For anyone who has been reading this blog for awhile, you will know that I not only have Celiac disease but I also have Type 1 diabetes. Today marks a celebration of sorts for me that I felt the need to share with the blog world. I will warn you that this is not directly related to gluten free foods, gluten free living or gluten free anything specifically for that matter. Today marks a very different and special celebration for me....
On August 24, 1989 I was with my family in Winnipeg, celebrating my grandmothers 65th birthday and I was just not myself. I will spare you the details, but the end result was that I was diagnosed that day with Type 1 diabetes. Today marks 25 years (completed) of managing and living with type 1 diabetes for me!
Now to some this is not a reason to celebrate and to others I should be celebrating even more than I am. But to me, it is important to share with people that I (and my family and friends) have been through many experiences directly related to my diabetes and I am so very thankful for my family and friends who have been there with me every step of the way.
I recall as if it was just yesterday that after finding out about my diagnosis, one of my oldest friends in the world, who at the time was living very far away, decided that because I couldn't eat Halloween candy she too was abstaining from eating Halloween candy. Now, when you're 11 years old this is really a huge deal. Only a true friend would give up their Halloween candy because they love me that much. Other friends & family (Including Abisaac), have been there when I have experienced low blood sugars. These friends and family have helped me through the minor lows where they just grabbed me a simple glass of juice to major lows where they've had to call 911 and be at my side. Even my old dog, Cookie, would even sense when my blood sugars where heading downwards and would stay by my side till someone noticed to help me out.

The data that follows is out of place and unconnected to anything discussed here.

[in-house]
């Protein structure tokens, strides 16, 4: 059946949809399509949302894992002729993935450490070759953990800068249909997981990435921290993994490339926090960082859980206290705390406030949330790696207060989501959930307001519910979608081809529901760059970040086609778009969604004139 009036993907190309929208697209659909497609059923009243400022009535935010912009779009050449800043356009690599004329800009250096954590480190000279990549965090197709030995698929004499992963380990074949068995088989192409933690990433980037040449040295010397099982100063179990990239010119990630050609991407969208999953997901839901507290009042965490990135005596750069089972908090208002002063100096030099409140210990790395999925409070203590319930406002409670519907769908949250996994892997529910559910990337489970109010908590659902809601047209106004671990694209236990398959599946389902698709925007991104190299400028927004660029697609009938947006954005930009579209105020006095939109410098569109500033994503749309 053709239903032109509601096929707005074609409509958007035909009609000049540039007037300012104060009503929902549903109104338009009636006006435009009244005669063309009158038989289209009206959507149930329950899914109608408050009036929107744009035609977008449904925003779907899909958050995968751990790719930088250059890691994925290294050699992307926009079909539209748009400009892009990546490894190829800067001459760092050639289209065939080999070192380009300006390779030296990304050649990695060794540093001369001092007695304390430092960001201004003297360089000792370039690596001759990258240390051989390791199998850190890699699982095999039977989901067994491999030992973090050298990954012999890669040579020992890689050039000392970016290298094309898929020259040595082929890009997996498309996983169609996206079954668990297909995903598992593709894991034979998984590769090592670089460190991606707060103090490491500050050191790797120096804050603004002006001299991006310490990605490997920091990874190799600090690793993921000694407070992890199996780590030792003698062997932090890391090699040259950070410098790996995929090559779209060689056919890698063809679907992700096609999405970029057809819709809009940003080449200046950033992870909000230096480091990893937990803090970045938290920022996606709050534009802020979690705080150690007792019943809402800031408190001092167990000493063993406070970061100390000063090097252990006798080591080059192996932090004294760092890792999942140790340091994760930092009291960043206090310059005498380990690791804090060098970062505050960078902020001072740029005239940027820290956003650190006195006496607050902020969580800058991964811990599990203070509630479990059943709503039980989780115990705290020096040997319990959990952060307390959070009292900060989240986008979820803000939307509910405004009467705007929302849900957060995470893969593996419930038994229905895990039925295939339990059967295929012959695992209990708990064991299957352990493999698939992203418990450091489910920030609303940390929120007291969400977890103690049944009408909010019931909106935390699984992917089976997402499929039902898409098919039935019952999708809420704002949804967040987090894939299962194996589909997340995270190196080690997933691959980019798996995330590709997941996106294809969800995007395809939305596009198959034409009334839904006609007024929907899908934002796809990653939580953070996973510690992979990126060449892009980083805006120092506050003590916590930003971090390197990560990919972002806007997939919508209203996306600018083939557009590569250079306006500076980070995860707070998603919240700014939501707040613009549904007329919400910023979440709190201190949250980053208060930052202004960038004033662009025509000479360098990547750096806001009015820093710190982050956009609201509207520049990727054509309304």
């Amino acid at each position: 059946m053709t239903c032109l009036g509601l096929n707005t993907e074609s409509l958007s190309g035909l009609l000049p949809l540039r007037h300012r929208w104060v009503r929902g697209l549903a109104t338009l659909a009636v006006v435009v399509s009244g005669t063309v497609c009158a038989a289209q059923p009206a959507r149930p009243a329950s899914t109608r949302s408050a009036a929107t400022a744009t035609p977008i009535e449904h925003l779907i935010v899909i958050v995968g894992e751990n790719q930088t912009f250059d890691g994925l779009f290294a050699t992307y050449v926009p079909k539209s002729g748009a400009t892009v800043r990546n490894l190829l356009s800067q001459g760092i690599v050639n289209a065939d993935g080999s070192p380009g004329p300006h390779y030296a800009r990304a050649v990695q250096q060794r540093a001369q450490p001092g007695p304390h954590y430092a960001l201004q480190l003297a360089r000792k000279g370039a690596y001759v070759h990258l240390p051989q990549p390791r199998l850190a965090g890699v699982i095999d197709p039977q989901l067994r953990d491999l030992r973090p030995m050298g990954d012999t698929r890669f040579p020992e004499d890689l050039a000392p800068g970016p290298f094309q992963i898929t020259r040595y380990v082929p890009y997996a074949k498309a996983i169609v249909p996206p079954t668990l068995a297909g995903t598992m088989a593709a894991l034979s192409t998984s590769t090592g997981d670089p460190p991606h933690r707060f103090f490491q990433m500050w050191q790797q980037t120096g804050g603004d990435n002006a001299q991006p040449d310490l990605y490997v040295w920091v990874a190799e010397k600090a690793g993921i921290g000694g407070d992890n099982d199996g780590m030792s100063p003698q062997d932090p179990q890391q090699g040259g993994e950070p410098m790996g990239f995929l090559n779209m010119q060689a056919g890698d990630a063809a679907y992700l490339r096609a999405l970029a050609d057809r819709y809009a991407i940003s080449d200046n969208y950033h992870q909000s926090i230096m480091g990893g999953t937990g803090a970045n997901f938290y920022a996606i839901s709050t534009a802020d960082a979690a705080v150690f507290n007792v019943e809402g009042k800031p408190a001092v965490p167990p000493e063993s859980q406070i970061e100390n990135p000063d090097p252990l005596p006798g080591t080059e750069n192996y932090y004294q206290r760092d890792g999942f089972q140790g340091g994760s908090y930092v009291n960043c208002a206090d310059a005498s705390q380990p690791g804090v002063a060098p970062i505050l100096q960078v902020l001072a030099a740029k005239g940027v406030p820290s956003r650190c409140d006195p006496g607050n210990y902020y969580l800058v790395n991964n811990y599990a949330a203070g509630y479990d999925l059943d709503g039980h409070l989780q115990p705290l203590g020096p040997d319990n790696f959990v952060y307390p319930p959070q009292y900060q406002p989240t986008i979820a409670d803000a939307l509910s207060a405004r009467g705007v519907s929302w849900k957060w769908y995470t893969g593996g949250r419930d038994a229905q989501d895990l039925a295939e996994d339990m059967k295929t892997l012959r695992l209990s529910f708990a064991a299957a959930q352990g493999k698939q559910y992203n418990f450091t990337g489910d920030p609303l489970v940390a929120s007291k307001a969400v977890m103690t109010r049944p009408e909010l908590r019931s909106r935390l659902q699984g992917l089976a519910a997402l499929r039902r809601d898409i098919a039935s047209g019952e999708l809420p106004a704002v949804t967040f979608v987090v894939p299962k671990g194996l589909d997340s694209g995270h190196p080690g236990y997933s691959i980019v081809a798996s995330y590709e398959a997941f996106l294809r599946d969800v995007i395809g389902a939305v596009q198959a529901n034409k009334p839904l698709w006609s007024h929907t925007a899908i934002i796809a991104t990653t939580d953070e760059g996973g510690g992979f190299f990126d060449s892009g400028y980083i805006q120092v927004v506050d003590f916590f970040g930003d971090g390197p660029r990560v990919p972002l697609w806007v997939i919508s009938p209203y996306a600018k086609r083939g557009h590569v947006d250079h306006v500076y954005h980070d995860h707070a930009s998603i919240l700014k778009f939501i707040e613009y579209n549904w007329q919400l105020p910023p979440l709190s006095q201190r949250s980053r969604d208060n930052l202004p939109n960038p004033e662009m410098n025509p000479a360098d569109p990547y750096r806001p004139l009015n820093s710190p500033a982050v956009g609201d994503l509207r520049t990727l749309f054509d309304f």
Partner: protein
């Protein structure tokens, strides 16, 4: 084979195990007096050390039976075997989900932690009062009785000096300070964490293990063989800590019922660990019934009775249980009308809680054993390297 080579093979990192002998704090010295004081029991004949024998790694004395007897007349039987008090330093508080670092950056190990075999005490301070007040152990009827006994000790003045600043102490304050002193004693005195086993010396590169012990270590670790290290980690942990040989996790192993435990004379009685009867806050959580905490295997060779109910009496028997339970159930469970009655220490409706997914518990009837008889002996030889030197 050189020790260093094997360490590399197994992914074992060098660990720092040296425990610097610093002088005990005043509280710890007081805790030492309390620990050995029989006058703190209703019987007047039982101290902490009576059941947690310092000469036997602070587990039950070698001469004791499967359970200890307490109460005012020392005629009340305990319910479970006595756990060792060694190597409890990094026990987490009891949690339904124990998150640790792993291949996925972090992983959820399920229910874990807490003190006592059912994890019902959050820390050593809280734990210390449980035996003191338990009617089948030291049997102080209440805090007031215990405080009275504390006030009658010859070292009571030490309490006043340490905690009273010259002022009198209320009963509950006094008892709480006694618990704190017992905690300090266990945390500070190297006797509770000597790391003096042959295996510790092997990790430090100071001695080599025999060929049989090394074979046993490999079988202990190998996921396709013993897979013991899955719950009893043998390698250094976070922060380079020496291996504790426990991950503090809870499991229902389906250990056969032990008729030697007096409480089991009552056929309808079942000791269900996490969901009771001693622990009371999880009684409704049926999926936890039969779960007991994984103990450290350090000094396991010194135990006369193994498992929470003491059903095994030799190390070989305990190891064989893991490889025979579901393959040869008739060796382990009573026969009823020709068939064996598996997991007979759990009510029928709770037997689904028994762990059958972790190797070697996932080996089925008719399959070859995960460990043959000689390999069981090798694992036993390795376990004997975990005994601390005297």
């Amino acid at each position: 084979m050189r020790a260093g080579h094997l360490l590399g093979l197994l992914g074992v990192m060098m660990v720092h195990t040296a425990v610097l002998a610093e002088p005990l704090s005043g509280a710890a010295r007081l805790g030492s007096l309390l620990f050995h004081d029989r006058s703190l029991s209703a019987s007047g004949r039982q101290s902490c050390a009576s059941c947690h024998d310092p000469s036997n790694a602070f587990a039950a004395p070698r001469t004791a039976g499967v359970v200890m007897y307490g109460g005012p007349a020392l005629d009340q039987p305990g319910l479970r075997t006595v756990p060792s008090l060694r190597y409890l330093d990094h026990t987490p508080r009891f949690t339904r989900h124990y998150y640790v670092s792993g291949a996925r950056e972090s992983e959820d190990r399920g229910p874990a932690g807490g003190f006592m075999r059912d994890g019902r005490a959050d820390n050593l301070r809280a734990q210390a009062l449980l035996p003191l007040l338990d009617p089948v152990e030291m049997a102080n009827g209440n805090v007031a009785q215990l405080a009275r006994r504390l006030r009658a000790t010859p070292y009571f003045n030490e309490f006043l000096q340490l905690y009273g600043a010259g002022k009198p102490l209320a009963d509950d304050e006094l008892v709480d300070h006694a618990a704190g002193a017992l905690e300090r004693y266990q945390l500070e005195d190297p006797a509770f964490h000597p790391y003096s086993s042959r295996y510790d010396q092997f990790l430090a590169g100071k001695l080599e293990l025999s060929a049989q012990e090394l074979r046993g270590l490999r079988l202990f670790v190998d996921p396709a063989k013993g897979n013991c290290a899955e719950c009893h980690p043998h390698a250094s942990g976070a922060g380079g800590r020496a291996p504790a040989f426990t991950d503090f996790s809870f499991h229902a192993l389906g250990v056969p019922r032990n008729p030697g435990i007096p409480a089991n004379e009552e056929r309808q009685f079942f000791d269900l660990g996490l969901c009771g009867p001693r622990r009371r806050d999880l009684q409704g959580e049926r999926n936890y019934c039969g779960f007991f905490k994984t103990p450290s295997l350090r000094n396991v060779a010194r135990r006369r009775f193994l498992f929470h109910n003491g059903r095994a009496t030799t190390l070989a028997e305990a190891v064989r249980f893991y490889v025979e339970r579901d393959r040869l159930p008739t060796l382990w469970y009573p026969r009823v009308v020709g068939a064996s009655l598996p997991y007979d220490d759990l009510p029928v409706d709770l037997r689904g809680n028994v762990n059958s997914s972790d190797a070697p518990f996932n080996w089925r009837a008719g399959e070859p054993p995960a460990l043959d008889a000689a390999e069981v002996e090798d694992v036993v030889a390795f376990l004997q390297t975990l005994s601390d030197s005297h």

Over the years, I've fought the misconceptions of having type-1 diabetes. People have asked "It must be hard to travel with your diabetes and live away from home". I have been able to travel abroad, I have lived away to attend University and then lived away long after that. When I was first diagnosed, I even had sleepovers at friends houses, and started to manage diabetes on my own because I didn't want me parents coming over to the sleepover to make sure I take my insulin.
People have commented about having children "Are you allowed to have kids?" asked one nurse during my first pregnancy which surprised me the most. With lots of diligence, exercise, and tight management of my diabetes, I have two beautiful children that are the joys of my life.
I remember everyday where I started on this diabetes related journey and just how far I have come. I also know how much farther I still have to go.
Thank you all for your support and appreciation for everything we do here at Gluten Free Edmonton.